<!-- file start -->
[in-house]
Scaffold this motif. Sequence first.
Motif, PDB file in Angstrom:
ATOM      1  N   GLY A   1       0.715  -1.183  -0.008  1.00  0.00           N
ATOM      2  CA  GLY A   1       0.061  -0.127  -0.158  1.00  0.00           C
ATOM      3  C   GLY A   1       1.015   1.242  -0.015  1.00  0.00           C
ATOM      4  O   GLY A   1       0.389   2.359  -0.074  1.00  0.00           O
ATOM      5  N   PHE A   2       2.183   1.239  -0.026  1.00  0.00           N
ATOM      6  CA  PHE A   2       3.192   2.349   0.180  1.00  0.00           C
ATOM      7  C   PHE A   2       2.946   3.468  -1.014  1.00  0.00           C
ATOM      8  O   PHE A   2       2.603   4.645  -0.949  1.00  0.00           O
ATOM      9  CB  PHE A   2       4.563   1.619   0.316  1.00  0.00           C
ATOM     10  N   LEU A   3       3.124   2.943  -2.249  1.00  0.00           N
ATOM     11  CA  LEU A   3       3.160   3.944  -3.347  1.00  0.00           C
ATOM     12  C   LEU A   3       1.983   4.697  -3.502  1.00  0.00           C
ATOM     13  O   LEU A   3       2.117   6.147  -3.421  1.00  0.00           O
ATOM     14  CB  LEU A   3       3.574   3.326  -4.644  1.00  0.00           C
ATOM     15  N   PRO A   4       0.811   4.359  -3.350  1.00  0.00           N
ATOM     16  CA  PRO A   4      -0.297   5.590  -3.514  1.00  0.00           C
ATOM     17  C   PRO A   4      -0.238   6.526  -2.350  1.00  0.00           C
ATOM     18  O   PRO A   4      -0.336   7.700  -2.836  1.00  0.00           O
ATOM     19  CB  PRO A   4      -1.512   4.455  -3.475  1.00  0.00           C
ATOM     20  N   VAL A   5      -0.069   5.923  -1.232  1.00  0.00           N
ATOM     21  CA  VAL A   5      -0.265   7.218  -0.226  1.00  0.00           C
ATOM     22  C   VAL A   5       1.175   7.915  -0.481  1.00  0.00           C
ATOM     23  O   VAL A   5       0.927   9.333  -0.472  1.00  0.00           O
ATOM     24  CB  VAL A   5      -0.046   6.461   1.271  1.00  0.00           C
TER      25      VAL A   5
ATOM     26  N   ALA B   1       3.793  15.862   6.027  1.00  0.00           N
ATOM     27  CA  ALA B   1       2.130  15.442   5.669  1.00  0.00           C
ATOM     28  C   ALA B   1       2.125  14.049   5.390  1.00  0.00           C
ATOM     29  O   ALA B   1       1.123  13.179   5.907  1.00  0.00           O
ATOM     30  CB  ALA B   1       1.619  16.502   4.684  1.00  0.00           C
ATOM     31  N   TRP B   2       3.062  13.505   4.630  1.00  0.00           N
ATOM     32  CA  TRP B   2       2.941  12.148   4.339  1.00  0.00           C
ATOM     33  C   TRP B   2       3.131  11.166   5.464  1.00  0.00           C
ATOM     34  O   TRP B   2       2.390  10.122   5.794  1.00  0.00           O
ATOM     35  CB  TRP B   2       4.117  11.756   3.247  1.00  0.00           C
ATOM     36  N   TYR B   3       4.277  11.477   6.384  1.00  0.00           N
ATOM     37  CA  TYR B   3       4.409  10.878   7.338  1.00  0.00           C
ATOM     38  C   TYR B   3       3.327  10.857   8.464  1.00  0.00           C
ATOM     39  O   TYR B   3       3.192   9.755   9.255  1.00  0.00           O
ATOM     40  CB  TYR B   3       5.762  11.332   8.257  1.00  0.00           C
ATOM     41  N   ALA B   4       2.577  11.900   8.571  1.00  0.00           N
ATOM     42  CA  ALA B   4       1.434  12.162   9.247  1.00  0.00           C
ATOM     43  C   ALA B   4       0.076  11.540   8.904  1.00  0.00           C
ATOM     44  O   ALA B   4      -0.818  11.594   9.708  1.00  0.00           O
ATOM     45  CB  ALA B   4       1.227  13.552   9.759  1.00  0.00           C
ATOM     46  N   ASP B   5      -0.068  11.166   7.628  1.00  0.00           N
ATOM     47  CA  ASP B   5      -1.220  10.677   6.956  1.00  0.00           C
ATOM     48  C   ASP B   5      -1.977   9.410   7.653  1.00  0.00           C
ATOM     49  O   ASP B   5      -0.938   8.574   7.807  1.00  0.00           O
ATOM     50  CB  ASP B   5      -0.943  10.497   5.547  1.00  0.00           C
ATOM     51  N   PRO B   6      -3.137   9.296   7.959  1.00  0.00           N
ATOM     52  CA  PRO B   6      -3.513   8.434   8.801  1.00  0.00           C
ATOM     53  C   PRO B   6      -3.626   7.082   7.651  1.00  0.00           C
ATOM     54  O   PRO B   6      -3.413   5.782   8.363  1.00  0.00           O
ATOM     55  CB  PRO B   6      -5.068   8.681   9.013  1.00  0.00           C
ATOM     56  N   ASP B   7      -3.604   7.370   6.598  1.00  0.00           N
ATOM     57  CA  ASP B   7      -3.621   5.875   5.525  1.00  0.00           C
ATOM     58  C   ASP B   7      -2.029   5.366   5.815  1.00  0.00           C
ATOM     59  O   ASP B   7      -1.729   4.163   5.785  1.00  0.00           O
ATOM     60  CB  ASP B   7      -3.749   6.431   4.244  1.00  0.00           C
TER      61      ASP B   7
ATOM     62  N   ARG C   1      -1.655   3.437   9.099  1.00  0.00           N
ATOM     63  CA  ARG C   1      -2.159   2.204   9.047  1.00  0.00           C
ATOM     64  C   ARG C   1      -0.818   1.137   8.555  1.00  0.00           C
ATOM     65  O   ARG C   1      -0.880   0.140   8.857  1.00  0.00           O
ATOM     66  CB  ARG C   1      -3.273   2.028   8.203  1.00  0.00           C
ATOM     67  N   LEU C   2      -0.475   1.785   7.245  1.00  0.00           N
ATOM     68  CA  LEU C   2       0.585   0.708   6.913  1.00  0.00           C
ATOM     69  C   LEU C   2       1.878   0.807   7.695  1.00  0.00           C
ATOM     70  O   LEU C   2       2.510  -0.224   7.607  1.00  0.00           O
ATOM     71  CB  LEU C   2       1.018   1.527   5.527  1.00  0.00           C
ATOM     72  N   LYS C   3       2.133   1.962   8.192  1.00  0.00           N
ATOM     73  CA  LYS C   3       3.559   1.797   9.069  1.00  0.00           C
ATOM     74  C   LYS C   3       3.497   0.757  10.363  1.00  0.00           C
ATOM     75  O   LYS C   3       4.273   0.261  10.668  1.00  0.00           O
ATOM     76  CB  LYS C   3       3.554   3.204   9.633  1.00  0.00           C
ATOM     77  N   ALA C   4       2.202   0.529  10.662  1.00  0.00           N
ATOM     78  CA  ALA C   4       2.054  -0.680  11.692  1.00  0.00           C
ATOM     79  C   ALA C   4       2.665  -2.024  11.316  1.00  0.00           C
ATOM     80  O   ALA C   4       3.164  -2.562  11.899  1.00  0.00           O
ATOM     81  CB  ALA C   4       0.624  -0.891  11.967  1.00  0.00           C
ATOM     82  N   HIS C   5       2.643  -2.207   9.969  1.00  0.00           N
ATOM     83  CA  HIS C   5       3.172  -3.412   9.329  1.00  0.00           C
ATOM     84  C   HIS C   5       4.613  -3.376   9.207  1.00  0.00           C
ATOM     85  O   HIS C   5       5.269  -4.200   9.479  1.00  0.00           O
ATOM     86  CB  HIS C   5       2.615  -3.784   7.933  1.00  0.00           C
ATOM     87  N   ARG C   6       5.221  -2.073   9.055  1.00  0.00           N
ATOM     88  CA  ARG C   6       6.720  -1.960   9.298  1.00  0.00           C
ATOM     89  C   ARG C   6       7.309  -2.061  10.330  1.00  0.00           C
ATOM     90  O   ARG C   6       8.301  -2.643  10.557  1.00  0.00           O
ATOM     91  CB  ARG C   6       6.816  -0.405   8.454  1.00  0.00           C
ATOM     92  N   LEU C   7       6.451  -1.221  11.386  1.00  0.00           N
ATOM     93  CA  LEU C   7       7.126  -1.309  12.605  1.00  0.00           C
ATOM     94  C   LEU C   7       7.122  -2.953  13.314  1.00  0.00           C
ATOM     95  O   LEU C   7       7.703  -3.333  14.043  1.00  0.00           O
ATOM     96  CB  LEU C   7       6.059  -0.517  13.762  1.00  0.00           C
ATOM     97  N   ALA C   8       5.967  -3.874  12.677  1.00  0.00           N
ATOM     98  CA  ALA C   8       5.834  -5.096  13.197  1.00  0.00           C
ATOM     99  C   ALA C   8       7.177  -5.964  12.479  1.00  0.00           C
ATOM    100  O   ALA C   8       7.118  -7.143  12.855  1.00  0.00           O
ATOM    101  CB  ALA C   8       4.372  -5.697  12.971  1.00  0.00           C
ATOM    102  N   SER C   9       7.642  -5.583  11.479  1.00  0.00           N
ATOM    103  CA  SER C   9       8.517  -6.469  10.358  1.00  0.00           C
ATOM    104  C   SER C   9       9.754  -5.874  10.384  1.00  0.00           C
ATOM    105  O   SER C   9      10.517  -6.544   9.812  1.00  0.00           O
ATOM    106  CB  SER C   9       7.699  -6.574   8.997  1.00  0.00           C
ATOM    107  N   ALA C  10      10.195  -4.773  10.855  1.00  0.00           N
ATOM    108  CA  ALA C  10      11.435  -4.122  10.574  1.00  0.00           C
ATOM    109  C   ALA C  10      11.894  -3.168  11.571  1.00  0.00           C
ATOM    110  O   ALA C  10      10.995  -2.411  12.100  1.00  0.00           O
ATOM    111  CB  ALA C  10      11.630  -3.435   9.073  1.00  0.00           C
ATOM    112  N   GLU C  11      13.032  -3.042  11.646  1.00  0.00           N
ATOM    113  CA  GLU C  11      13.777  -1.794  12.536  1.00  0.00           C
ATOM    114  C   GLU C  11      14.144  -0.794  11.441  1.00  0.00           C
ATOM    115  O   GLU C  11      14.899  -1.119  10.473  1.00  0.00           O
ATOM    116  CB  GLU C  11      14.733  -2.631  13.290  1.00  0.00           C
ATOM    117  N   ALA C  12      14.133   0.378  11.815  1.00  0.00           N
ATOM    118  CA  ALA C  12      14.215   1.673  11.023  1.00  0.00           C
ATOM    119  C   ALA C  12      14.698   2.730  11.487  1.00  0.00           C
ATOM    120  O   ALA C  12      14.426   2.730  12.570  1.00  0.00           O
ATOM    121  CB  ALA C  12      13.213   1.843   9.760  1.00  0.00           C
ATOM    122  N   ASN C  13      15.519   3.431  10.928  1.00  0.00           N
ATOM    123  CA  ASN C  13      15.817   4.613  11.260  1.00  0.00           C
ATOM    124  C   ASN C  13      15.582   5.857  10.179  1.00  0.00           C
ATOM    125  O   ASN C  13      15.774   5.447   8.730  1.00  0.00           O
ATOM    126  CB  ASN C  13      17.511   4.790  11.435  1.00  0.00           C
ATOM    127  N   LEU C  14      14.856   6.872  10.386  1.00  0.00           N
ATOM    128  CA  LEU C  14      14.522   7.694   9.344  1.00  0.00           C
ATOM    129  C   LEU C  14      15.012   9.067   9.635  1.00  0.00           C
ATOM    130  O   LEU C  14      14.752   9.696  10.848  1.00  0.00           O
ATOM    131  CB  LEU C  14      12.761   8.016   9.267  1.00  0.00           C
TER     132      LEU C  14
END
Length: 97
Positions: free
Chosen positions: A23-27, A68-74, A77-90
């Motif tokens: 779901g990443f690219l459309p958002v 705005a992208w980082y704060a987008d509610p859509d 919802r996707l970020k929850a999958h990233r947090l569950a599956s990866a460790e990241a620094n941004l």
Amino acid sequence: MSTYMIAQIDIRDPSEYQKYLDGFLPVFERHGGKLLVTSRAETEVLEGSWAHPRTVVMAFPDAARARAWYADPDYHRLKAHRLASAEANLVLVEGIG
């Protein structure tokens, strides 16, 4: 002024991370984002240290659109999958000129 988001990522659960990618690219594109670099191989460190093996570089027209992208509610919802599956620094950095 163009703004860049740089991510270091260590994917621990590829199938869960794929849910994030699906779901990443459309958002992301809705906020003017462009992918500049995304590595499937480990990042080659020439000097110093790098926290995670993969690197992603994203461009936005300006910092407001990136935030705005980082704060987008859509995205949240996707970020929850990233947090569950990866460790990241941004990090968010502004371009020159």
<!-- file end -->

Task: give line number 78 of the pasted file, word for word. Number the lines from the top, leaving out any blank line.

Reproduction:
ATOM     75  O   LYS C   3       4.273   0.261  10.668  1.00  0.00           O